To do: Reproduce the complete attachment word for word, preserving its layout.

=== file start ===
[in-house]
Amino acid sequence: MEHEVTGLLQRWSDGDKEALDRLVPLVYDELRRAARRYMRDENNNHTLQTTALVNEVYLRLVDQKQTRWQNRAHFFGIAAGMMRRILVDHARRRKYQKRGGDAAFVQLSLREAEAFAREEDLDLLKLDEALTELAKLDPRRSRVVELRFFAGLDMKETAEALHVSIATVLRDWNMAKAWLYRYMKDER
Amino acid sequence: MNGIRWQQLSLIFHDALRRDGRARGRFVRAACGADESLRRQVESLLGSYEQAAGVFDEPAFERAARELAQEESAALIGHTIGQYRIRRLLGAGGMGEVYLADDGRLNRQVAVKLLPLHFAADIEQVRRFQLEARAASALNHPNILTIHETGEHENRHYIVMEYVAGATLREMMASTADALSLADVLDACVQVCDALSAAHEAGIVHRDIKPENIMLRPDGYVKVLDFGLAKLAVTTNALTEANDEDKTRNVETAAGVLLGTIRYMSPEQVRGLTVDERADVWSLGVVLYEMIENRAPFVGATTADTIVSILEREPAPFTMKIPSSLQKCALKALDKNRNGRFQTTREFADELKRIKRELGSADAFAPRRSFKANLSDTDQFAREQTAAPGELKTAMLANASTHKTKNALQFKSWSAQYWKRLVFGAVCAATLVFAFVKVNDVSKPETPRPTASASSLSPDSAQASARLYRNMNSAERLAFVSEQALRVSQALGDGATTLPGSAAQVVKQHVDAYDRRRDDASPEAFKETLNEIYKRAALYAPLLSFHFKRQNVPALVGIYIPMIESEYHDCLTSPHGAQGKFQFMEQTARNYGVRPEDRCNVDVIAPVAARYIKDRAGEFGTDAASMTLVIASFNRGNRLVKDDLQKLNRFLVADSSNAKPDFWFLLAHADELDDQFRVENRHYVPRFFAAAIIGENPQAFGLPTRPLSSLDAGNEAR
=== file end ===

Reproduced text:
[in-house]
Amino acid sequence: MEHEVTGLLQRWSDGDKEALDRLVPLVYDELRRAARRYMRDENNNHTLQTTALVNEVYLRLVDQKQTRWQNRAHFFGIAAGMMRRILVDHARRRKYQKRGGDAAFVQLSLREAEAFAREEDLDLLKLDEALTELAKLDPRRSRVVELRFFAGLDMKETAEALHVSIATVLRDWNMAKAWLYRYMKDER
Amino acid sequence: MNGIRWQQLSLIFHDALRRDGRARGRFVRAACGADESLRRQVESLLGSYEQAAGVFDEPAFERAARELAQEESAALIGHTIGQYRIRRLLGAGGMGEVYLADDGRLNRQVAVKLLPLHFAADIEQVRRFQLEARAASALNHPNILTIHETGEHENRHYIVMEYVAGATLREMMASTADALSLADVLDACVQVCDALSAAHEAGIVHRDIKPENIMLRPDGYVKVLDFGLAKLAVTTNALTEANDEDKTRNVETAAGVLLGTIRYMSPEQVRGLTVDERADVWSLGVVLYEMIENRAPFVGATTADTIVSILEREPAPFTMKIPSSLQKCALKALDKNRNGRFQTTREFADELKRIKRELGSADAFAPRRSFKANLSDTDQFAREQTAAPGELKTAMLANASTHKTKNALQFKSWSAQYWKRLVFGAVCAATLVFAFVKVNDVSKPETPRPTASASSLSPDSAQASARLYRNMNSAERLAFVSEQALRVSQALGDGATTLPGSAAQVVKQHVDAYDRRRDDASPEAFKETLNEIYKRAALYAPLLSFHFKRQNVPALVGIYIPMIESEYHDCLTSPHGAQGKFQFMEQTARNYGVRPEDRCNVDVIAPVAARYIKDRAGEFGTDAASMTLVIASFNRGNRLVKDDLQKLNRFLVADSSNAKPDFWFLLAHADELDDQFRVENRHYVPRFFAAAIIGENPQAFGLPTRPLSSLDAGNEAR